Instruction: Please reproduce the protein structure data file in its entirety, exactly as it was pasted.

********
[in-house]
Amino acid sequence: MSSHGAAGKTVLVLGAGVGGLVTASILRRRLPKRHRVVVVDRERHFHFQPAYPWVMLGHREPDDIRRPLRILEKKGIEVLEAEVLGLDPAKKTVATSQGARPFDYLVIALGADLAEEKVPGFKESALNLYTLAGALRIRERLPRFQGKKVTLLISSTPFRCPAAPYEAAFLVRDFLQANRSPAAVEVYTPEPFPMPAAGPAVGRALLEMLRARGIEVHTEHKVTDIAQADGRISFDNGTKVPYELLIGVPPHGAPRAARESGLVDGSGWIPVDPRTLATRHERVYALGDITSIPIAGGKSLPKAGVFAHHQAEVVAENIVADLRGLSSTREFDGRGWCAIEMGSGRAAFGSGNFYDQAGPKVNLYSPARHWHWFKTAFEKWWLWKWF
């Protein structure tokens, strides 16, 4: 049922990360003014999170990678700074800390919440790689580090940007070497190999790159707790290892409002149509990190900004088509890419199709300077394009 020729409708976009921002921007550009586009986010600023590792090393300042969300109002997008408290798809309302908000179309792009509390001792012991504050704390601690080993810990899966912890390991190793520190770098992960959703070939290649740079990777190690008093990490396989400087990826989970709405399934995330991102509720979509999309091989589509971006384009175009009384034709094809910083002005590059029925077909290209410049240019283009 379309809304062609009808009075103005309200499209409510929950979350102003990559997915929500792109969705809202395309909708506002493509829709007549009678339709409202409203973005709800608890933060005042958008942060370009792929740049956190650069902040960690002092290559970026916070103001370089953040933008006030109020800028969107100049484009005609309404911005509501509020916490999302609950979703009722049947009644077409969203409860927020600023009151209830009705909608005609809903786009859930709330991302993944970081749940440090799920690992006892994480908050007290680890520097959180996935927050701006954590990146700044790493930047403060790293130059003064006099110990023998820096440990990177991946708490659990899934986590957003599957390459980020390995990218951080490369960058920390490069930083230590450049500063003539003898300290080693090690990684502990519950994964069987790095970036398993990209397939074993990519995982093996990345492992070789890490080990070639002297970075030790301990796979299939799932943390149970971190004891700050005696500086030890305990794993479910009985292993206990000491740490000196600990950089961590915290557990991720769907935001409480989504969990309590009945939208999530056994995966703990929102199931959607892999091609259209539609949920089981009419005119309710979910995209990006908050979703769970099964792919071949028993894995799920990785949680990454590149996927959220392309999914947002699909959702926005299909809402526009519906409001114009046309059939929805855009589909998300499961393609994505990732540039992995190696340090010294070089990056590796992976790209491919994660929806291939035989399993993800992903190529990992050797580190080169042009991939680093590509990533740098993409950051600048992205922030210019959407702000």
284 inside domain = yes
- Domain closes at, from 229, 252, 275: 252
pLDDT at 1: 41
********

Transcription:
[in-house]
Amino acid sequence: MSSHGAAGKTVLVLGAGVGGLVTASILRRRLPKRHRVVVVDRERHFHFQPAYPWVMLGHREPDDIRRPLRILEKKGIEVLEAEVLGLDPAKKTVATSQGARPFDYLVIALGADLAEEKVPGFKESALNLYTLAGALRIRERLPRFQGKKVTLLISSTPFRCPAAPYEAAFLVRDFLQANRSPAAVEVYTPEPFPMPAAGPAVGRALLEMLRARGIEVHTEHKVTDIAQADGRISFDNGTKVPYELLIGVPPHGAPRAARESGLVDGSGWIPVDPRTLATRHERVYALGDITSIPIAGGKSLPKAGVFAHHQAEVVAENIVADLRGLSSTREFDGRGWCAIEMGSGRAAFGSGNFYDQAGPKVNLYSPARHWHWFKTAFEKWWLWKWF
């Protein structure tokens, strides 16, 4: 049922990360003014999170990678700074800390919440790689580090940007070497190999790159707790290892409002149509990190900004088509890419199709300077394009 020729409708976009921002921007550009586009986010600023590792090393300042969300109002997008408290798809309302908000179309792009509390001792012991504050704390601690080993810990899966912890390991190793520190770098992960959703070939290649740079990777190690008093990490396989400087990826989970709405399934995330991102509720979509999309091989589509971006384009175009009384034709094809910083002005590059029925077909290209410049240019283009 379309809304062609009808009075103005309200499209409510929950979350102003990559997915929500792109969705809202395309909708506002493509829709007549009678339709409202409203973005709800608890933060005042958008942060370009792929740049956190650069902040960690002092290559970026916070103001370089953040933008006030109020800028969107100049484009005609309404911005509501509020916490999302609950979703009722049947009644077409969203409860927020600023009151209830009705909608005609809903786009859930709330991302993944970081749940440090799920690992006892994480908050007290680890520097959180996935927050701006954590990146700044790493930047403060790293130059003064006099110990023998820096440990990177991946708490659990899934986590957003599957390459980020390995990218951080490369960058920390490069930083230590450049500063003539003898300290080693090690990684502990519950994964069987790095970036398993990209397939074993990519995982093996990345492992070789890490080990070639002297970075030790301990796979299939799932943390149970971190004891700050005696500086030890305990794993479910009985292993206990000491740490000196600990950089961590915290557990991720769907935001409480989504969990309590009945939208999530056994995966703990929102199931959607892999091609259209539609949920089981009419005119309710979910995209990006908050979703769970099964792919071949028993894995799920990785949680990454590149996927959220392309999914947002699909959702926005299909809402526009519906409001114009046309059939929805855009589909998300499961393609994505990732540039992995190696340090010294070089990056590796992976790209491919994660929806291939035989399993993800992903190529990992050797580190080169042009991939680093590509990533740098993409950051600048992205922030210019959407702000």
284 inside domain = yes
- Domain closes at, from 229, 252, 275: 252
pLDDT at 1: 41